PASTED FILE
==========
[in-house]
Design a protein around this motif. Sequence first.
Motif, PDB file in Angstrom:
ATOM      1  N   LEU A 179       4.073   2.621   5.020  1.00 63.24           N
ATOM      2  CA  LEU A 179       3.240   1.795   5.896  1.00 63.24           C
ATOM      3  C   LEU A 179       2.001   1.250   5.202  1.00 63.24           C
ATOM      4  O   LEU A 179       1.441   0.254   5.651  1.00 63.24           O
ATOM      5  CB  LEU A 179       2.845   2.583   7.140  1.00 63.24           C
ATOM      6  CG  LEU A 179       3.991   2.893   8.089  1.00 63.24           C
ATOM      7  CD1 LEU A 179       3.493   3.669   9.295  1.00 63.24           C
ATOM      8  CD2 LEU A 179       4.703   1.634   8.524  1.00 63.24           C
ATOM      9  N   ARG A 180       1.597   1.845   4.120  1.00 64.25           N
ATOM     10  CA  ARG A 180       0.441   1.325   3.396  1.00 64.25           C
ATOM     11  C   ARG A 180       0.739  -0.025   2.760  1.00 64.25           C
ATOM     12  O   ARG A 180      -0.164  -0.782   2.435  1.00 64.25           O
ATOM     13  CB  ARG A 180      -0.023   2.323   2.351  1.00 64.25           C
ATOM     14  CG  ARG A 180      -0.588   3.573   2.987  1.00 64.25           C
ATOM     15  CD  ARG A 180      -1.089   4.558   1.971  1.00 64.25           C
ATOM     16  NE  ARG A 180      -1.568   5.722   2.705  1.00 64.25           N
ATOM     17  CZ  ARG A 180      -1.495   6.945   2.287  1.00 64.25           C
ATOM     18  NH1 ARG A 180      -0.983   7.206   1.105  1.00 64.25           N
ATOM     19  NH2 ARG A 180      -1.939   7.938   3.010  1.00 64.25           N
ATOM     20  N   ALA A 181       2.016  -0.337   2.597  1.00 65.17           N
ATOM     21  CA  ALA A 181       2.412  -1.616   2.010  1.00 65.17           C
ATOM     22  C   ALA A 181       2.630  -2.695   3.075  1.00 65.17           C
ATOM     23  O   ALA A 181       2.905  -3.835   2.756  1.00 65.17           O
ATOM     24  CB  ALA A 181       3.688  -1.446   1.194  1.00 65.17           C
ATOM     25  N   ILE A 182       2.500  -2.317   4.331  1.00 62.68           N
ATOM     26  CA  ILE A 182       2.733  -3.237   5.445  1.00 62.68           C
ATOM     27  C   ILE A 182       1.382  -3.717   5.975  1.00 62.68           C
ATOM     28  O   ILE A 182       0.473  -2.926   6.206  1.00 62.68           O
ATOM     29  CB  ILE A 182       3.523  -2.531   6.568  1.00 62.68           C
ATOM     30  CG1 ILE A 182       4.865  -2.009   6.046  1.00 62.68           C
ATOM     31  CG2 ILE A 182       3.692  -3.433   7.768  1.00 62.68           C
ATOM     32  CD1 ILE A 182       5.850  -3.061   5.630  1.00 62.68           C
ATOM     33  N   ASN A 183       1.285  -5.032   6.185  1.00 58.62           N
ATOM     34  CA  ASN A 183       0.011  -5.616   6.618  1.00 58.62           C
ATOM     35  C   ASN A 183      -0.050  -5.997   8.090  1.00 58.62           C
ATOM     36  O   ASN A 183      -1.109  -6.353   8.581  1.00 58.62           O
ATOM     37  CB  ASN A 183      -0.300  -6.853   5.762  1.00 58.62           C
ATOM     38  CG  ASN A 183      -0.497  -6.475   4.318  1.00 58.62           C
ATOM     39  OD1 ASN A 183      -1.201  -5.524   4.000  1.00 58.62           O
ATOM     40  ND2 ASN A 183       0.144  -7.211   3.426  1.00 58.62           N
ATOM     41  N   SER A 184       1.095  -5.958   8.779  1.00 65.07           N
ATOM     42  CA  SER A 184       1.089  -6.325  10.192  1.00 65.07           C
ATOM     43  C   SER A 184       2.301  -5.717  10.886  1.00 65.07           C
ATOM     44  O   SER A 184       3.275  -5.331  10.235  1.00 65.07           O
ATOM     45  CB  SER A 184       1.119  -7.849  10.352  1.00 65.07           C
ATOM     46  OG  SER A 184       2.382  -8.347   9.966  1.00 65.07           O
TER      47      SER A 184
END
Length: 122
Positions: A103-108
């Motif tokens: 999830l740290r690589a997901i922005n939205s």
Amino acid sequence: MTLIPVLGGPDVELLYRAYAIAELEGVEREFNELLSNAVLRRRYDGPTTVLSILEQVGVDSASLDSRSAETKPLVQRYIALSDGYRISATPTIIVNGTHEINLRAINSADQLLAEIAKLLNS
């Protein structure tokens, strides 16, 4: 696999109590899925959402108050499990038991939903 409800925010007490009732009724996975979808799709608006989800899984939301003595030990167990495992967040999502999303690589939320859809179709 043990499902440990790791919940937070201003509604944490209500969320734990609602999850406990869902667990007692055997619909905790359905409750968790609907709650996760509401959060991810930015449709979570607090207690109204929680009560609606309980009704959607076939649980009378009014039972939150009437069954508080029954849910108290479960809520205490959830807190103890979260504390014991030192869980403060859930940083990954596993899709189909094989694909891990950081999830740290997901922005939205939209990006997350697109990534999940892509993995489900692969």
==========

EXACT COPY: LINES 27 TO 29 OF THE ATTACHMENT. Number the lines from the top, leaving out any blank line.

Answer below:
ATOM     24  CB  ALA A 181       3.688  -1.446   1.194  1.00 65.17           C
ATOM     25  N   ILE A 182       2.500  -2.317   4.331  1.00 62.68           N
ATOM     26  CA  ILE A 182       2.733  -3.237   5.445  1.00 62.68           C